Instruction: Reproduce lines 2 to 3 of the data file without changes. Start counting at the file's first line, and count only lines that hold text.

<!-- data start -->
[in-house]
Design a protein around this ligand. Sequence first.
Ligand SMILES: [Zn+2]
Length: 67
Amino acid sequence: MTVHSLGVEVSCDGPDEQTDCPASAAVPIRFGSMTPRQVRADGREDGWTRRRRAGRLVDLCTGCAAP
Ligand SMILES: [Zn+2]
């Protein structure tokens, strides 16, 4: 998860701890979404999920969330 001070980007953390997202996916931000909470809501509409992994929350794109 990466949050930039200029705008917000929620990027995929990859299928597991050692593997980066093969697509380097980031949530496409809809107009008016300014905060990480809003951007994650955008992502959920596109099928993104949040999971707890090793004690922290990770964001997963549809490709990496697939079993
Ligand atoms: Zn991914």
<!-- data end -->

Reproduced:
Design a protein around this ligand. Sequence first.
Ligand SMILES: [Zn+2]